A heavy smoker for much of his life, former Sen. Wendell Ford, D-Ky., died last month at age 90 after a lengthy battle with lung cancer.
Among Ford’s many distinctions: He was the longest serving Democratic Senatorial Campaign Committee chairman in the organization’s history.
So it’s with some curiosity that on Jan. 29, two days after Ford’s funeral, tobacco giant Altria’s political action committee donated $15,000 to his beloved but beleaguered DSCC.
Nothing suggests the timing of Altria’s contribution to the DSCC is anything but coincidental.
Altria Group Inc. spokesman David Sutton, who declined to comment on this specific donation, accurately noted that the company’s PAC has previously contributed to the DSCC — and a host of other political committees run by Democrats and Republicans alike.
The largest seller of tobacco in the United States, Altria’s policy is to support politicians who understand “the “legislative and regulatory issues related to Altria’s businesses,” according to its website. Its products include such brands as Marlboro, Parliament and Black & Mild.
Altria’s transaction nevertheless stands as an example of how political committees’ hunts for financial fuel — and special interests’ willingness to provide it — is all but unyielding, even during times when such activity would have not long ago seemed ill-timed, even uncouth.
Today political campaigns no longer wax, then wane: They are effectively permanent and ever-present.
Just ask Rep. Ted Deutch, D-Fla.
An outspoken campaign finance reform advocate, Deutch last month challenged his congressional colleagues to join him in political fundraising abstinence during February.
He reasoned that February is the year’s shortest month, the next general election is 21 months away and legislators have better things to do these days than beg for campaign cash — like legislate.
Deutch had no takers.
“It shows how deeply ingrained the race for money is in Congress and that there’s an ever-increasing focus on money,” Deutch told the Center for Public Integrity. “The fundraising is dominating the process.”
These days, if political machines don’t begin spooling up for the next election immediately after one ends, “they get in real trouble,” said Lindsay Mark Lewis, who served as the Democratic National Committee’s finance director from 2005 to 2006.
“They’re under intense pressure to show in the first few months, ahead of that first [campaign finance] filing of the year, that they’re financially viable,” continued Lewis, now executive director for the Progressive Policy Institute, a liberal think tank in Washington, D.C. “That just didn’t happen 20 years ago.”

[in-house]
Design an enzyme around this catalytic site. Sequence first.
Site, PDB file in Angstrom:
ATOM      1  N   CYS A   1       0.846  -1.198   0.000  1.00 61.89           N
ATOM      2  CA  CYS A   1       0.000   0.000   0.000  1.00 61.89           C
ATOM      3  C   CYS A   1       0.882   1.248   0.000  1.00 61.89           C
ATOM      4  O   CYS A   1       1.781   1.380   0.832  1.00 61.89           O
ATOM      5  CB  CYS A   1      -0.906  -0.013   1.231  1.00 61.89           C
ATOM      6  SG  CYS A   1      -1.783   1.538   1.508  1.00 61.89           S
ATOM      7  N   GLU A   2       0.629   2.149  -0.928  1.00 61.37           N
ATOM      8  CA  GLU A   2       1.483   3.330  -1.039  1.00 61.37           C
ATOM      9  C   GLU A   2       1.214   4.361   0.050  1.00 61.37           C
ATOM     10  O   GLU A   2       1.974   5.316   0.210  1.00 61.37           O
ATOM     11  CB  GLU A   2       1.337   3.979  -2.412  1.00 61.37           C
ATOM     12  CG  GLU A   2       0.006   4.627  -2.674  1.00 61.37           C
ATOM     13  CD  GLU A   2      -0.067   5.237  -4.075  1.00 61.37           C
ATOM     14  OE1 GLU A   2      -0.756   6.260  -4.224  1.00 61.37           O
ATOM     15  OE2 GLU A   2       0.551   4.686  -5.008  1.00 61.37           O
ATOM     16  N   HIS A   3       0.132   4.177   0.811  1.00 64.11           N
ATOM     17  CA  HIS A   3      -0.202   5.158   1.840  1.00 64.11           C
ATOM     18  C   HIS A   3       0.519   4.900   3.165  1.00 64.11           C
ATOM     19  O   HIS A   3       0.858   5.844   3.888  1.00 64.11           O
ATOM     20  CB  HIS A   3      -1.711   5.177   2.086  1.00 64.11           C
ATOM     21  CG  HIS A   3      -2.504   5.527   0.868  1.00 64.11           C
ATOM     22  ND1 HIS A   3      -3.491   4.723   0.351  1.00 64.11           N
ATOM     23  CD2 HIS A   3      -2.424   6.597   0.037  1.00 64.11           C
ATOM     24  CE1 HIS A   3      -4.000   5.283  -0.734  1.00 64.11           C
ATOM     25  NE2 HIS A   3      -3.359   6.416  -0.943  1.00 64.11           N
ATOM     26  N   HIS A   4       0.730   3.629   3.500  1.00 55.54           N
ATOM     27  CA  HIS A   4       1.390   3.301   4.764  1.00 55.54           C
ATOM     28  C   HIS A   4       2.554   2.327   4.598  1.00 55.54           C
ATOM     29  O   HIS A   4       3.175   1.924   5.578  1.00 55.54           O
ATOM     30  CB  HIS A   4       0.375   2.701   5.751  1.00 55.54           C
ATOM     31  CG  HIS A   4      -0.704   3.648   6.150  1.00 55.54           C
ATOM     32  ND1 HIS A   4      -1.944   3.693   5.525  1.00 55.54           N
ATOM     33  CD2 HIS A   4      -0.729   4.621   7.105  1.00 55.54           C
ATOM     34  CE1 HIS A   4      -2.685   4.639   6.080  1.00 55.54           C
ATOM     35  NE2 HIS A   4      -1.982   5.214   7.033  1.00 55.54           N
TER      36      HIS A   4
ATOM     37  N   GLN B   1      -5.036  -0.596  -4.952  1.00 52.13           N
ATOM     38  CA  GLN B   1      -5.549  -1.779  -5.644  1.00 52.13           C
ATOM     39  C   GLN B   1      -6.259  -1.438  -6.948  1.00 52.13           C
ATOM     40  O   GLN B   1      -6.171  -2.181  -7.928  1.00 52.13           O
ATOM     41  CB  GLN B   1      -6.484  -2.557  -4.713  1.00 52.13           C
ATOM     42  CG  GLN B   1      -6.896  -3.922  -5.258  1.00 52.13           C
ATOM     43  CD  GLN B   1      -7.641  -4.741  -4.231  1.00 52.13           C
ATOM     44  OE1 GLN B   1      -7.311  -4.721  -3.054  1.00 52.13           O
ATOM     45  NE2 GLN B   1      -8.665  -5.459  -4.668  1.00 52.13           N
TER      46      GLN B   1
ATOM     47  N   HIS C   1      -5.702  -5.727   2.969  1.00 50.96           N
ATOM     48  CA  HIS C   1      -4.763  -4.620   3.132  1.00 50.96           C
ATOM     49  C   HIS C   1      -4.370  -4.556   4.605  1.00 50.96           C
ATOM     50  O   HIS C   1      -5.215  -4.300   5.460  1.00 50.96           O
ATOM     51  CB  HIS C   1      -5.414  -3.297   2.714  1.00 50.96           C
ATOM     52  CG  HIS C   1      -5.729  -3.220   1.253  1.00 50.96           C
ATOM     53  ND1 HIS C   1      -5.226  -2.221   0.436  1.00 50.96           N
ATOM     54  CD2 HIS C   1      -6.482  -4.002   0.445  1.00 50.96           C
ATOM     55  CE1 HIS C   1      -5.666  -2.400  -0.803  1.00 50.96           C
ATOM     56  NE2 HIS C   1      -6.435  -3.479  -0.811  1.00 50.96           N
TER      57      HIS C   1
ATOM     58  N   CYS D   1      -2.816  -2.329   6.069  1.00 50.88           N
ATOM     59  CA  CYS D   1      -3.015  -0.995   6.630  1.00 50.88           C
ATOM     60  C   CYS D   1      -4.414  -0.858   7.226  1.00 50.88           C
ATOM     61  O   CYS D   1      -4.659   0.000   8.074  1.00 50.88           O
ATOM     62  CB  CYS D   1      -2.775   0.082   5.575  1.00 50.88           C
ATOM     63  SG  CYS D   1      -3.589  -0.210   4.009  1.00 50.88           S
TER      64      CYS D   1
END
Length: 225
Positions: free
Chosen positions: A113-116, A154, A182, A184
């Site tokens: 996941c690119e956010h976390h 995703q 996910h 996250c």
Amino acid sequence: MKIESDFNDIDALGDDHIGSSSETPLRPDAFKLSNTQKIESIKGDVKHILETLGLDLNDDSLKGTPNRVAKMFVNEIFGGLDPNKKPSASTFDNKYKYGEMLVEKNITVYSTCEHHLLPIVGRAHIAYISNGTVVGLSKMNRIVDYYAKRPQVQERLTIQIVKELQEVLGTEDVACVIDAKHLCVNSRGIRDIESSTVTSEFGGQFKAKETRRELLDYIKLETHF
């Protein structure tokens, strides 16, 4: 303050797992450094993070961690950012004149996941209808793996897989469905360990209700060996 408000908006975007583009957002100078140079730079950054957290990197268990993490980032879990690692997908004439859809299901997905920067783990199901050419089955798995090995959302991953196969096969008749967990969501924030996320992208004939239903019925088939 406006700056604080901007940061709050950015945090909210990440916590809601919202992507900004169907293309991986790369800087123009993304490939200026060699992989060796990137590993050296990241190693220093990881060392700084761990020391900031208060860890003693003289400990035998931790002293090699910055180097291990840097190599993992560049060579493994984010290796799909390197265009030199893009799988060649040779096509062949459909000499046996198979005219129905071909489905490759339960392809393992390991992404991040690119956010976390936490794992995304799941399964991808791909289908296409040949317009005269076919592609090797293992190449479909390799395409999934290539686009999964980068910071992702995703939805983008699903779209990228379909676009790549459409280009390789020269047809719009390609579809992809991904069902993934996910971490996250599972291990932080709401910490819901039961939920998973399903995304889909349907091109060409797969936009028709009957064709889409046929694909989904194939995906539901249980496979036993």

Since 2015 began, the DSCC, which exists to elect Democrats to the U.S. Senate, has indeed been on a fundraising tear, gobbling up dollars from whomever they can in a bid to compete with their Republican counterpart, the National Republican Senatorial Committee.
Its very relevancy is at stake: The DSCC ended 2014 having lost a Senate majority and awash in red ink, reporting nearly $21.4 million in debt versus less than $1 million cash on hand, federal records show.
The NRSC also ended last year with a deficit, albeit a significantly smaller one, reporting $10 million in debt against $2.7 million cash on hand.
As part of its strategy for generating income ahead of 2016 elections, the DSCC has conducted a series of in-person fundraisers early this year.
Lobbyist Heather Podesta also this month co-hosted a big-dollar affair for the DSCC at her Washington, D.C., office, according to an invitation obtained by the Sunlight Foundation.
Podesta’s firm represents more than three-dozen clients, according to the Center for Responsive Politics.
They range from upstarts Snapchat and Fitbit to old-line energy companies Marathon Oil and Oxbow Carbon — the latter oil firm being led by William Koch, the lesser-known brother of Charles and David Koch, two of the Republican party’s wealthiest backers.
William Koch, both personally and through his companies, primarily contributes to conservative political interests, but has also supported some liberal ones.
The DSCC has also blasted supporters with incessant fundraising emails, as has become the norm for most political committees.
Vice President Joe Biden attempted to gin up dollars by lamenting how the “GOP has already gone after Social Security, a woman’s right to choose and President Obama’s immigration plan.”
Sen. Jon Tester, D-Mont., the DSCC’s current chairman, sent a sobering appeal evoking the Koch brothers and touting a “ground-up Democratic electoral movement.”
Even Jon Stewart unwittingly factored into a DSCC solicitation after he announced he’d be quitting Comedy Central’s “The Daily Show.”
“Are you a huge Jon Stewart fan?” a message from the DSCC read. “Then sign our card and thank him for 16 incredible years. Let’s get 100,000 fans in the next 24 hours!”
When one “signs” the card — an email address and ZIP code is all that’s required — a DSCC donation page immediately appears.
While the DSCC may crave your money, it isn’t much interested in talking about it: Officials did not respond to numerous inquiries requesting comment.
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